Other groups like Demand Progress felt similarly—particularly because of its Title II classification, a classification that puts more strict regulation on internet-service providers (ISPs).
“The Save the Internet Act will restore the protections from the 2015 Open Internet Order and the strong legal framework of classifying broadband internet access under Title II of the Communications Act,” Mark Stanley, the director of communications for the organization, said in a statement. “This legal framework is crucial not just to preventing internet providers from blocking, throttling and engaging in paid prioritization, but also to safeguarding against privacy violations and promoting competition and broadband deployment. Lawmakers should not be fooled—no other legislation in Congress comes close to ensuring these strong protections, and the public will settle for nothing less.”
Free Press Action Vice President and General Counsel Matt Wood said in a statement that the act was the “only” choice for lawmakers to consider as a net neutrality bill because of its Title II classification.
“The bill’s authors reject lobbyists’ empty rhetoric and evidence-free claims, understanding that broadband investment continued and deployment increased with the 2015 Open Internet Order in place,” he said, adding: “Title II is essential for the broad and timeless nondiscrimination mandate that Congress wrote into this part of the Communications Act. That law empowers the FCC to prevent unlawful discrimination by ISPs, even when these companies’ tactics and tricks might not run afoul of the bright-line Net Neutrality rules in the 2015 order.”
What’s next for the ‘Save The Internet Act’
The bill’s chances of becoming law remain up in the air. Last year lawmakers tried to use the Congressional Review Act (CRA) to nullify the FCC’s repeal of net neutrality.
In the Senate, there was some bipartisan support for the effort, with several Republicans breaking ranks with their party and voting in favor of it. The House version of the CRA did not get enough signatures to force a vote.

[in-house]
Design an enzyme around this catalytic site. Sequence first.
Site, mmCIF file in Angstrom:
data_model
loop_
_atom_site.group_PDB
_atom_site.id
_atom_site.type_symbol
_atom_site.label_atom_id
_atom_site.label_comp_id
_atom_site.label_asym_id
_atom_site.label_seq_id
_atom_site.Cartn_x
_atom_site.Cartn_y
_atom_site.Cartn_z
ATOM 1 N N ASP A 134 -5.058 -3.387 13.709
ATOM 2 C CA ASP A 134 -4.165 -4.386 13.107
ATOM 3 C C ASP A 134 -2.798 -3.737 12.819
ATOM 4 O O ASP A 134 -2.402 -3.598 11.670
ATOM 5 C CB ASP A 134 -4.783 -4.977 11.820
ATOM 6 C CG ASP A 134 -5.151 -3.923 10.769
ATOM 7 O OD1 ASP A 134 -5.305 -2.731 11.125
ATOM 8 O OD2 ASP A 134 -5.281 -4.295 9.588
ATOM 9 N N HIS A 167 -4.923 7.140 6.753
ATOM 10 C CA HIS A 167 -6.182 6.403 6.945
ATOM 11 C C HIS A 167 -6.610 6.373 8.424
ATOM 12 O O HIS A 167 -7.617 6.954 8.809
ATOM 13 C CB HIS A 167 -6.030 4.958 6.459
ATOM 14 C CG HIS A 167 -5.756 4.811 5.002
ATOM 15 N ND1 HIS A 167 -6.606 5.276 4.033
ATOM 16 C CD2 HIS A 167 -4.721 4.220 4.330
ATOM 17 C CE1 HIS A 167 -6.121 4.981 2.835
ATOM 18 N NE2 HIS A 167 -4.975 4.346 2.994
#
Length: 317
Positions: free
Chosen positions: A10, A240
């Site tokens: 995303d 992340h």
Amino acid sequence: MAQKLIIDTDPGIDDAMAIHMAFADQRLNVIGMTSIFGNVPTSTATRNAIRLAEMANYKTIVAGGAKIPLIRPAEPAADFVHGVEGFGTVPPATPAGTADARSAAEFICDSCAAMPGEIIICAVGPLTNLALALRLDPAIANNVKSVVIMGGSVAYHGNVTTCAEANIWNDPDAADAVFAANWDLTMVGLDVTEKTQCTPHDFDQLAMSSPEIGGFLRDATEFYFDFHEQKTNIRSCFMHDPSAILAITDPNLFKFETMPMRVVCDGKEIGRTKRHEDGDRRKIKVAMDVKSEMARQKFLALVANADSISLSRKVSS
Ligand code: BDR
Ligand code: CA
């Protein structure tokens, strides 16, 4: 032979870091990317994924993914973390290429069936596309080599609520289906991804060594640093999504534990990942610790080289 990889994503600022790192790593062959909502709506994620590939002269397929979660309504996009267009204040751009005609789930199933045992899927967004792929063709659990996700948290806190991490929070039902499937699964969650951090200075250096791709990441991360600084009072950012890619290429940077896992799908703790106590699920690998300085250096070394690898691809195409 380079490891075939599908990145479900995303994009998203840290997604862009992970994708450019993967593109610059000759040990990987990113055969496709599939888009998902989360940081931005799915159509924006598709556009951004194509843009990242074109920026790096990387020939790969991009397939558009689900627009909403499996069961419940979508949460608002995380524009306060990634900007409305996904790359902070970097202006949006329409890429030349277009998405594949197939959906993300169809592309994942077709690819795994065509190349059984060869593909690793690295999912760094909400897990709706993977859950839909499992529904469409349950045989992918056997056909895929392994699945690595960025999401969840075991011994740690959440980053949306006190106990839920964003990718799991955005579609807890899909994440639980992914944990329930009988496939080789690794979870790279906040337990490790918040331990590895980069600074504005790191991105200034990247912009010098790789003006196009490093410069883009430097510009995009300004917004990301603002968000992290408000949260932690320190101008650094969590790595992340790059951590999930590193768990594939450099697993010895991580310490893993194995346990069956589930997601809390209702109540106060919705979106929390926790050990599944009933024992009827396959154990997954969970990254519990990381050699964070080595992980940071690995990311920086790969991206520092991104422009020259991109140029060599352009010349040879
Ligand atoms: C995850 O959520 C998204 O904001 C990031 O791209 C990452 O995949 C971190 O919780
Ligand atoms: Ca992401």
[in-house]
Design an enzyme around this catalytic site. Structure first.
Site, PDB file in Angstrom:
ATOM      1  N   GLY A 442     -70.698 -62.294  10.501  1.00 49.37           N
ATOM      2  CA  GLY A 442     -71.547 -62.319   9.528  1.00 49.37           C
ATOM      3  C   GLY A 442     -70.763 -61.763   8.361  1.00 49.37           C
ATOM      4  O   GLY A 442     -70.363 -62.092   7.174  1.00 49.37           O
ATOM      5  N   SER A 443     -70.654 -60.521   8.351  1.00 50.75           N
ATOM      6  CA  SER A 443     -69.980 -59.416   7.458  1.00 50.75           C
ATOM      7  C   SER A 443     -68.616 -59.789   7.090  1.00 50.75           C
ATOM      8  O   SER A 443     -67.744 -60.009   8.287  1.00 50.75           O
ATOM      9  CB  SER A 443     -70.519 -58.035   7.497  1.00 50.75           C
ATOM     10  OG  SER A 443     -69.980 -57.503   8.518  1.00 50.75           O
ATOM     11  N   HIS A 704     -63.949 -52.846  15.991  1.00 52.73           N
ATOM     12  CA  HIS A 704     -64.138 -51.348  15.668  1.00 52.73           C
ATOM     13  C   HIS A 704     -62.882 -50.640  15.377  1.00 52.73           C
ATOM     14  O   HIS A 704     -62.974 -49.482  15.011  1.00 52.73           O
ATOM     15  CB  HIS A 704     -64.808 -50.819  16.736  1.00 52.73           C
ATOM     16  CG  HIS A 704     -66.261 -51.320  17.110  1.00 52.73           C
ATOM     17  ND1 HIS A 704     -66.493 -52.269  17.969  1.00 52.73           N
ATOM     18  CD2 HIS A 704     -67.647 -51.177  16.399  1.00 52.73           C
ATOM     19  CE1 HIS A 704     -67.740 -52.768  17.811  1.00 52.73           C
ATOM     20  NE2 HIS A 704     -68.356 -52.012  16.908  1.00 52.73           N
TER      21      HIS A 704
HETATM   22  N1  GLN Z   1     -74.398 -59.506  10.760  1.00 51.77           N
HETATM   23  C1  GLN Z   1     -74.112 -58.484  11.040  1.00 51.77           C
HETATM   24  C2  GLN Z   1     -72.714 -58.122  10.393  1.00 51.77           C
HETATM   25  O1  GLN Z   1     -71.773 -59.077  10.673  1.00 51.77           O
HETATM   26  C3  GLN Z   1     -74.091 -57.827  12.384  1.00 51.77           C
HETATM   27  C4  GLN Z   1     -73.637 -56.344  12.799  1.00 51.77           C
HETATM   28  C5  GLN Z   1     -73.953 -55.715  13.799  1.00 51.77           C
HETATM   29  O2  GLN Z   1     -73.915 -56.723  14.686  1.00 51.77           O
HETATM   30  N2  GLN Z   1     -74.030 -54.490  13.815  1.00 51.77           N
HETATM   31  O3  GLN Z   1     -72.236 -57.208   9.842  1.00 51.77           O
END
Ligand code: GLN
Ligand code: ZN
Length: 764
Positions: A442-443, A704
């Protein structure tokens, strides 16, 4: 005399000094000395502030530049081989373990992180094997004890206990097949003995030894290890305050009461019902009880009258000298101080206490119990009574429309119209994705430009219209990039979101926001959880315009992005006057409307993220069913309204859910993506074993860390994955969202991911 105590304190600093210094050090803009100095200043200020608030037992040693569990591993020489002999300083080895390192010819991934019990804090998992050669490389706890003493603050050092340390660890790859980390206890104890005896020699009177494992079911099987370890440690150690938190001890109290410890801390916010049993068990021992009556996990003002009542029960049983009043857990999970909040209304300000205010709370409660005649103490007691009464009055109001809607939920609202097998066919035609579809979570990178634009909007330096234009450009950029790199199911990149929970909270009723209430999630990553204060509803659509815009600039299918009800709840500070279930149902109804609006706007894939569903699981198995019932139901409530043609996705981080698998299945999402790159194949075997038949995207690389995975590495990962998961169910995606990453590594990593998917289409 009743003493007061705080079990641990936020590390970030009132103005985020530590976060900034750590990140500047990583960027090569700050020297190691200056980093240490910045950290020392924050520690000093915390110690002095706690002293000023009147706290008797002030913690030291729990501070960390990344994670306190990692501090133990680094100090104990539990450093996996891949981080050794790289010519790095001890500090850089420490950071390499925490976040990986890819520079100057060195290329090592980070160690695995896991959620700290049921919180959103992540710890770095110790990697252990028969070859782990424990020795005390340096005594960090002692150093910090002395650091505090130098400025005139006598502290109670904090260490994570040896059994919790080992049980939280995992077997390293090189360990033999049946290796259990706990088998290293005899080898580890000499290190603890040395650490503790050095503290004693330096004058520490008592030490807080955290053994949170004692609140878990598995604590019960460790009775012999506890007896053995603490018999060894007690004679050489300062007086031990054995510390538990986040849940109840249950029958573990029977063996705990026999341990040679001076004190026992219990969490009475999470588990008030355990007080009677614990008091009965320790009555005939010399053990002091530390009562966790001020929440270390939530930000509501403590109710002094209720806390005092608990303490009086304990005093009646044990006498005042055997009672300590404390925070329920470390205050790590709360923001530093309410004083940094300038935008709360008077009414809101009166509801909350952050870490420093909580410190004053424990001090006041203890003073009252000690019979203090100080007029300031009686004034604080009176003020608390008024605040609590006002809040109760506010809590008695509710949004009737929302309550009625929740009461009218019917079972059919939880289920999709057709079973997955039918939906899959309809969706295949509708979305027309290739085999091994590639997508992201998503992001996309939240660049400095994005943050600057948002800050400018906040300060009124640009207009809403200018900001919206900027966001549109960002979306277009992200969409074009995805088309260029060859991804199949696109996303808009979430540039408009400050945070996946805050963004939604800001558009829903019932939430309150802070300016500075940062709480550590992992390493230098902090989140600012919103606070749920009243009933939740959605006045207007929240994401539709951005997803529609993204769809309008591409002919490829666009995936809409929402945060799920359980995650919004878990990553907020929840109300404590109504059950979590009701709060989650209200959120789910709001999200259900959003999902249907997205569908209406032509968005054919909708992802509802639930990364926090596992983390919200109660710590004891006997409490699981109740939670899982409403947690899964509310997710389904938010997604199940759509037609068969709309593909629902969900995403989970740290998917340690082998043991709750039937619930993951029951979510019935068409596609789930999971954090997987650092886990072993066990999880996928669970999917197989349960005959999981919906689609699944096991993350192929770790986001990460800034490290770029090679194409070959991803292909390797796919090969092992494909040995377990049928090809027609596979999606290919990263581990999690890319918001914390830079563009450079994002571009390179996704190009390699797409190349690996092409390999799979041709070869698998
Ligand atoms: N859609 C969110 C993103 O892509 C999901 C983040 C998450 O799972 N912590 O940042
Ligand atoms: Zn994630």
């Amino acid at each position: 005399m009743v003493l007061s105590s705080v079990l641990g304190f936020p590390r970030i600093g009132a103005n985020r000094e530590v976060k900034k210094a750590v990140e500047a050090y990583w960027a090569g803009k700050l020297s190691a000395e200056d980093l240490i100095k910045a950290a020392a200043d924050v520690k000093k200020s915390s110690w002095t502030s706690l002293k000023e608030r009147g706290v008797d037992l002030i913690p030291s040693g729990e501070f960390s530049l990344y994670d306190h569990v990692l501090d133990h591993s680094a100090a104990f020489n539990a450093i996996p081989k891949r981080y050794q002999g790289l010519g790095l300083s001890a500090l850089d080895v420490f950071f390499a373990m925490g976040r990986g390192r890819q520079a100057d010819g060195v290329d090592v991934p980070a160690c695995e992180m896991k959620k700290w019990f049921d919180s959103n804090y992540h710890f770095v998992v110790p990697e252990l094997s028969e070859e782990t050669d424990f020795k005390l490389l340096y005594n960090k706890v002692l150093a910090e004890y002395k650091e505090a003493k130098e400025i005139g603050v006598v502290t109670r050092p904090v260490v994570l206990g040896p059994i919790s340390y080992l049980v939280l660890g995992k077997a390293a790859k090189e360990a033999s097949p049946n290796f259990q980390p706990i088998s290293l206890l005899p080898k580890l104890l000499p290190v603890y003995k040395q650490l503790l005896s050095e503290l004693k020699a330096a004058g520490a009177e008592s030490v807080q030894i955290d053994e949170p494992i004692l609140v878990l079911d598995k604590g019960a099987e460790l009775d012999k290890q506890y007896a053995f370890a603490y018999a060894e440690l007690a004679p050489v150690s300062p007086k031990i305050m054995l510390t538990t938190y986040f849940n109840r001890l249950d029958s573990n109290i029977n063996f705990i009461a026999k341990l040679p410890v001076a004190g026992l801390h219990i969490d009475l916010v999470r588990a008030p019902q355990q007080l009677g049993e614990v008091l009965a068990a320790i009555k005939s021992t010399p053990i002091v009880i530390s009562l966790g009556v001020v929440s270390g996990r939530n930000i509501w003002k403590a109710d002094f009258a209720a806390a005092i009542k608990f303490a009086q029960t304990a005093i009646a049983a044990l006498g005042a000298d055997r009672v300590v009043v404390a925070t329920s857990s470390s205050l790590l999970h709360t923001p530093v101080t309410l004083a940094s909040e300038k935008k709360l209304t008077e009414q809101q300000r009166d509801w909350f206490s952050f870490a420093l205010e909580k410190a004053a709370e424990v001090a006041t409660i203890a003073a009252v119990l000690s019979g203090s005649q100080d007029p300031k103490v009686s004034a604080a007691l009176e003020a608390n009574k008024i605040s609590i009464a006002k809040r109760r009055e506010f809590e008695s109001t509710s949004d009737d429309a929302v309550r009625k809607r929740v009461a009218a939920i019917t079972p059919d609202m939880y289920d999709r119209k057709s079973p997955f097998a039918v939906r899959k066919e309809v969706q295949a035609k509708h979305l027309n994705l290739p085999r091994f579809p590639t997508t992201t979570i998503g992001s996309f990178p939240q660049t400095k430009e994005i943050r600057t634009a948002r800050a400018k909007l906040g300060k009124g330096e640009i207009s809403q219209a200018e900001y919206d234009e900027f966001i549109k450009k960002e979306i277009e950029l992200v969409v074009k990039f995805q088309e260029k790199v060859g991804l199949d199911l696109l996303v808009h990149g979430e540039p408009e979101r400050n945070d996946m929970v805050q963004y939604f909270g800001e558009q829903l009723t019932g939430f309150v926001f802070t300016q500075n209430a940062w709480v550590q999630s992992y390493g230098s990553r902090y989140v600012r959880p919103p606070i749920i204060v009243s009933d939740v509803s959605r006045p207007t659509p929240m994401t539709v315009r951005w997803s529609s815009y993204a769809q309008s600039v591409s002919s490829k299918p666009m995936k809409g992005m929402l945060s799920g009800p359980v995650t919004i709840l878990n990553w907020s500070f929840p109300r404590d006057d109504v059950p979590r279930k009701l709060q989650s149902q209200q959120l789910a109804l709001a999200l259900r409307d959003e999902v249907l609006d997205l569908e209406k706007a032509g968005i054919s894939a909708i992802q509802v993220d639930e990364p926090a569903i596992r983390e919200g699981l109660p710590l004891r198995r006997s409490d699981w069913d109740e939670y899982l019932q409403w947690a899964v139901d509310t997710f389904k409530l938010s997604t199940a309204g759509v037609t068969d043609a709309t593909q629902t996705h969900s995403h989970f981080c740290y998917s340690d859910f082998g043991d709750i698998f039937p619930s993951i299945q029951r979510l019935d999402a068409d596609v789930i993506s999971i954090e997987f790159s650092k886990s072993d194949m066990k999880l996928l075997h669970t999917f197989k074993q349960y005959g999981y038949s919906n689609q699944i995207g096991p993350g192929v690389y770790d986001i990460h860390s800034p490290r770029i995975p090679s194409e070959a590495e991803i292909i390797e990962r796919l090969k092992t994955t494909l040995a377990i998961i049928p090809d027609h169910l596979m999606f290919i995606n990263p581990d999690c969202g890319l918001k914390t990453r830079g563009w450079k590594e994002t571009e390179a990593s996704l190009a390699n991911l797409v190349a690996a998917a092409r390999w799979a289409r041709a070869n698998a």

However, now that the House is controlled by Democrats, it’s possible that this new bill could easily get the number of votes to pass.
If some Senate Republicans break with the rest of their party—like they did with the CRA last year—it’s possible the bill could reach President Donald Trump’s desk. Republicans have also offered up their own net neutrality bills, however, they do not have the Title II classification, which brought scorn from advocates.
“Believe it or not, it passed the Senate, it did, because of the hard work of my colleagues who are standing here,” Schumer said on Wednesday of the CRA effort. “But unfortunately a then-Republican House of Representatives just shelved it. So now we have a Democratic House and Republicans will have a second chance—there are second chances—to right the Trump administration’s wrong.”
The House announced earlier this week that it would have a legislative hearing for the bill on March 12. The hearing is titled “Legislating to Safeguard the Free and Open Internet.”
Andrew Wyrich is a politics staff writer for the Daily Dot, covering the intersection of politics and the internet. Andrew has written for USA Today, NorthJersey.com, and other newspapers and websites. His work has been recognized by the Society of the Silurians, Investigative Reporters & Editors (IRE), and the Society of Professional Journalists (SPJ).